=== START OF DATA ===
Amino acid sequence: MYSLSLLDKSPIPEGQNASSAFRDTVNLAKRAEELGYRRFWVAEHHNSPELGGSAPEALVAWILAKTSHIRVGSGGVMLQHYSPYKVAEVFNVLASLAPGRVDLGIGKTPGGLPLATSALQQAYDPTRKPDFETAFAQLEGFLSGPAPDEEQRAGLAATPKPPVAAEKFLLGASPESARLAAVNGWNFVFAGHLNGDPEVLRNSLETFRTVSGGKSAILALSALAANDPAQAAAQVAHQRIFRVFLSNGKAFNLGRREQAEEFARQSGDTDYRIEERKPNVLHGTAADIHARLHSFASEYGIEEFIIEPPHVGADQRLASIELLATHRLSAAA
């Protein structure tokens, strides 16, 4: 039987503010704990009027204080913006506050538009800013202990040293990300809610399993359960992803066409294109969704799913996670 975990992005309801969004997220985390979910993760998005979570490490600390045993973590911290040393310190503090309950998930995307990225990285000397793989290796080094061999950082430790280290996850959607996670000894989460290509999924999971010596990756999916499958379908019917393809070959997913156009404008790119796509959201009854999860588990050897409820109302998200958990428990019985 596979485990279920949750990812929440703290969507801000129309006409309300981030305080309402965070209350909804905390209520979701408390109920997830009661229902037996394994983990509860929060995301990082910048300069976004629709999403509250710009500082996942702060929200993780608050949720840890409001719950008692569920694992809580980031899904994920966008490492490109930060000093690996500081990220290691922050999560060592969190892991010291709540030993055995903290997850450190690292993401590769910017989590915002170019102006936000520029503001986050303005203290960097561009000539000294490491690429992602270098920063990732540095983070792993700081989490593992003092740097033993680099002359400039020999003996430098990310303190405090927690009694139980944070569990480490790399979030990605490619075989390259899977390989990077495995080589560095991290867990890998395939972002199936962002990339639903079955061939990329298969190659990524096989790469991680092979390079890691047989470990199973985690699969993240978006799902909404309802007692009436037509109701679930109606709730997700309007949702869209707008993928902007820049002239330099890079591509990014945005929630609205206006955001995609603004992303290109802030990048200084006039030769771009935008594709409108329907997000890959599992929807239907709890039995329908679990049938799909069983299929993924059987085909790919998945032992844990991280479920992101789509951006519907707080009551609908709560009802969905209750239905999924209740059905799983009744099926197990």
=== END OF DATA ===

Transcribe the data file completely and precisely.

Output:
Amino acid sequence: MYSLSLLDKSPIPEGQNASSAFRDTVNLAKRAEELGYRRFWVAEHHNSPELGGSAPEALVAWILAKTSHIRVGSGGVMLQHYSPYKVAEVFNVLASLAPGRVDLGIGKTPGGLPLATSALQQAYDPTRKPDFETAFAQLEGFLSGPAPDEEQRAGLAATPKPPVAAEKFLLGASPESARLAAVNGWNFVFAGHLNGDPEVLRNSLETFRTVSGGKSAILALSALAANDPAQAAAQVAHQRIFRVFLSNGKAFNLGRREQAEEFARQSGDTDYRIEERKPNVLHGTAADIHARLHSFASEYGIEEFIIEPPHVGADQRLASIELLATHRLSAAA
């Protein structure tokens, strides 16, 4: 039987503010704990009027204080913006506050538009800013202990040293990300809610399993359960992803066409294109969704799913996670 975990992005309801969004997220985390979910993760998005979570490490600390045993973590911290040393310190503090309950998930995307990225990285000397793989290796080094061999950082430790280290996850959607996670000894989460290509999924999971010596990756999916499958379908019917393809070959997913156009404008790119796509959201009854999860588990050897409820109302998200958990428990019985 596979485990279920949750990812929440703290969507801000129309006409309300981030305080309402965070209350909804905390209520979701408390109920997830009661229902037996394994983990509860929060995301990082910048300069976004629709999403509250710009500082996942702060929200993780608050949720840890409001719950008692569920694992809580980031899904994920966008490492490109930060000093690996500081990220290691922050999560060592969190892991010291709540030993055995903290997850450190690292993401590769910017989590915002170019102006936000520029503001986050303005203290960097561009000539000294490491690429992602270098920063990732540095983070792993700081989490593992003092740097033993680099002359400039020999003996430098990310303190405090927690009694139980944070569990480490790399979030990605490619075989390259899977390989990077495995080589560095991290867990890998395939972002199936962002990339639903079955061939990329298969190659990524096989790469991680092979390079890691047989470990199973985690699969993240978006799902909404309802007692009436037509109701679930109606709730997700309007949702869209707008993928902007820049002239330099890079591509990014945005929630609205206006955001995609603004992303290109802030990048200084006039030769771009935008594709409108329907997000890959599992929807239907709890039995329908679990049938799909069983299929993924059987085909790919998945032992844990991280479920992101789509951006519907707080009551609908709560009802969905209750239905999924209740059905799983009744099926197990």